Pay and benefitsEdit

To reward service to the nation, state and community, government and private organizations provide benefits to NY Guard soldiers.[21] The benefits include:

  • Active Military Pay when Activated by Governor for State Active Duty with pay; New York Guard members are paid at the same rate of pay for their rank or grade as their National Guard counterparts
  • Discounts at many civilian stores, eating establishments, and entertainment facilities with your ID
  • Free New York State Hunting and Fishing License for NY state residents
  • Job Protections When Called to Duty
  • Paid Military Leave (for NY State and Municipal Employees)
  • New York State Guard License Plate Eligibility
  • Travel Allowances when Activated by the Governor for State Active Duty
  • Waiver of Toll Road Fees within NY (requires a form provided by your unit)
  • Protections and benefits of New York State Patriot's Plan.[22] Many, but not all provisions are applicable to the New York Guard.

State Active Duty (SAD)Edit

The New York Guard can be called up by the Governor for any peacetime mission of the National Guard, such as acting as first responders and personnel support in Civil Support operations (CSO). When mobilized, New York Guard soldiers serve on State Active Duty (SAD) alongside service members from other branches of the New York Military Forces and have participated in missions such as:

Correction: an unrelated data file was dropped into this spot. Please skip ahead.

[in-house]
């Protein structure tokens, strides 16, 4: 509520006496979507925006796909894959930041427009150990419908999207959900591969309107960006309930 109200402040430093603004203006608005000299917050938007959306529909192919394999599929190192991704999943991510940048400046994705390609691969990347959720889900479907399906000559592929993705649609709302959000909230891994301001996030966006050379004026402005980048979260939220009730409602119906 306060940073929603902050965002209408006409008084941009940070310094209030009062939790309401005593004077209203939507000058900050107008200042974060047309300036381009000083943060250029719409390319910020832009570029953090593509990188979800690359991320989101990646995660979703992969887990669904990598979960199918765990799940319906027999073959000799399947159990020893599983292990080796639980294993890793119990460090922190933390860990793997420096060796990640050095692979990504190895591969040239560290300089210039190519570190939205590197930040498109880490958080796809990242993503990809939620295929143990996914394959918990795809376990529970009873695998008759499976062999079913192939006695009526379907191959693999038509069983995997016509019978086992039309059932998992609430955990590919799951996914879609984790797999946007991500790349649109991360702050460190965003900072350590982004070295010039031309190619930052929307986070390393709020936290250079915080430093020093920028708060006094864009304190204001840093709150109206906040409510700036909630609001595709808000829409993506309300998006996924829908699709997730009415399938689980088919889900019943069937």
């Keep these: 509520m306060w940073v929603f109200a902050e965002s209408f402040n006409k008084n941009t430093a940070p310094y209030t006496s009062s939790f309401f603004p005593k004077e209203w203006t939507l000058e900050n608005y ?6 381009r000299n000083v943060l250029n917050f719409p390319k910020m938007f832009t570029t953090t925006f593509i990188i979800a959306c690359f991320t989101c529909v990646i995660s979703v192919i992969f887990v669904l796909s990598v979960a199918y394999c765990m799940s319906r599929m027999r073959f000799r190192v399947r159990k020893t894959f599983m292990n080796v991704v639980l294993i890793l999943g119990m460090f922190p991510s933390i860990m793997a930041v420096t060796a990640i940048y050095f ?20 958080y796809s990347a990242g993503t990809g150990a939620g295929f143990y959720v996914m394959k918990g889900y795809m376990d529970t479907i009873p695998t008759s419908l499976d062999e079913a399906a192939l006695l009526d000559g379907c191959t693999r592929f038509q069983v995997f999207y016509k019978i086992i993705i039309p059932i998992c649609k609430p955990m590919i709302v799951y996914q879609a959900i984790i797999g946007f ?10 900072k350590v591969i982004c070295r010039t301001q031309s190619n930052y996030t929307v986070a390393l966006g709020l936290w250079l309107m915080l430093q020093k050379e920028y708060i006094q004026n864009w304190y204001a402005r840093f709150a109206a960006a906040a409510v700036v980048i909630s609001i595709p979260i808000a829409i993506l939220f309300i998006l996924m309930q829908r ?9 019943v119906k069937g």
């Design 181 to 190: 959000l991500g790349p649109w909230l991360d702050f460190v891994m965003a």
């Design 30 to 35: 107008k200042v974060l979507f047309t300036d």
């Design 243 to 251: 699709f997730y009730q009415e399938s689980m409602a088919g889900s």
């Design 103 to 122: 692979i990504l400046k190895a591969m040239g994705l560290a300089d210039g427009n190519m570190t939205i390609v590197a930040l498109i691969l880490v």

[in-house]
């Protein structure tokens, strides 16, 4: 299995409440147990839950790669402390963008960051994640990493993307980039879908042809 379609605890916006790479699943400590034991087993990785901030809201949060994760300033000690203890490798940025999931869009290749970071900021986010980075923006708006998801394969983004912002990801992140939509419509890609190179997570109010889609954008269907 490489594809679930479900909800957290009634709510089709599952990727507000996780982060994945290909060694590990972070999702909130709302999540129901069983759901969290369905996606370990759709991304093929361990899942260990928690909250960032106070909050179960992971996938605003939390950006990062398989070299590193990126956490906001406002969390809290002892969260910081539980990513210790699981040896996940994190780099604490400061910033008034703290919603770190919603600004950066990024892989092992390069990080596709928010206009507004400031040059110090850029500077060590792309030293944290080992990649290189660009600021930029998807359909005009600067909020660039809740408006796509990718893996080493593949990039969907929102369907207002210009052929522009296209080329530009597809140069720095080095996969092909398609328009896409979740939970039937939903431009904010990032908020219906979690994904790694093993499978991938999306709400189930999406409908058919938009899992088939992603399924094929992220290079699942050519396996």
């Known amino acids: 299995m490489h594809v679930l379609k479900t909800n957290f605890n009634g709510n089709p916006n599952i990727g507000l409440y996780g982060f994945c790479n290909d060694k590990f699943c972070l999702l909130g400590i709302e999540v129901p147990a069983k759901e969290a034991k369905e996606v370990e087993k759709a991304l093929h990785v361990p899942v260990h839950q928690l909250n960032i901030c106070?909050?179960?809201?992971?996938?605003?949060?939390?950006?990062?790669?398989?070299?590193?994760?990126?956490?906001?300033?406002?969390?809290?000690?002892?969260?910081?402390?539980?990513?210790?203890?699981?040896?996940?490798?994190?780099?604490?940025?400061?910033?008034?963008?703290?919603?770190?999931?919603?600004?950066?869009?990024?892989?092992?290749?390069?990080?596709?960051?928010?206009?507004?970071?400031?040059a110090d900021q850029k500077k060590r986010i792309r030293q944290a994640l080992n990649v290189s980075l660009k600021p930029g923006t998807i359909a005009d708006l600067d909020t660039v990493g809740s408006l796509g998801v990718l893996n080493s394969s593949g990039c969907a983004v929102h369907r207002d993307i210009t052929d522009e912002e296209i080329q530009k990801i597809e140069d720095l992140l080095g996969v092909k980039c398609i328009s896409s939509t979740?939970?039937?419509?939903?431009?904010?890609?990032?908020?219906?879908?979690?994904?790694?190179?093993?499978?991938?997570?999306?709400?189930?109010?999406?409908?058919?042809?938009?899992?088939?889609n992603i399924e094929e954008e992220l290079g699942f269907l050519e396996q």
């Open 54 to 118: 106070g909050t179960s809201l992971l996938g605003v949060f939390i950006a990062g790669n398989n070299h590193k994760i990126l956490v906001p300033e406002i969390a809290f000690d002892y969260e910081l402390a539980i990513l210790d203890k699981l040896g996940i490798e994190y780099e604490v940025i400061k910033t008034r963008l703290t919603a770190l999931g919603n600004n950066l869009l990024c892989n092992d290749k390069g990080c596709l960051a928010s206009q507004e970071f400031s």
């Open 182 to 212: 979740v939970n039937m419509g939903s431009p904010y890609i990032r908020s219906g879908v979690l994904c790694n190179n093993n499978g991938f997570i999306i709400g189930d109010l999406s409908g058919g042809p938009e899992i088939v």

• Operational support to New York Army and Air National Guards
  • Emergency Medical Services (Doctors, Nurses, Paramedics and EMTs)
  • Warehouse Operations
  • Aid to Civil Authorities
  • Legal Support Services
  • Chaplain Services

Legal protectionsEdit

Businesses in New York are forbidden from adopting policies that discriminate against members of the New York Guard during the hiring process or after a person has already been hired. Individuals who enforce such policies or in any way discriminate against New York Guard employees in regards to their employment are guilty under New York law of a Class E Felony offense.[23] Employers in the state of New York are required under New York law to grant a leave of absence to employees who are also members of the NYG whenever these employees are activated to take part in drill, training, or an emergency mission. Employers are then required to reinstate these employees to their previous positions of employment when they return from their deployment.[24]

Awards and decorationsEdit

New York Guard personnel are eligible to receive both New York State and New York Guard awards and decorations. The New York Guard issues several awards.

New York Guard (NYG) awards:[25]

  •   NYG Commander's Citation
  •   NYG Achievement Medal
  •   NYG Good Conduct Medal
  •   NYG Operations Support Medal
  •   NYG Service Ribbon
  •   NYG Distinguished Graduate Ribbon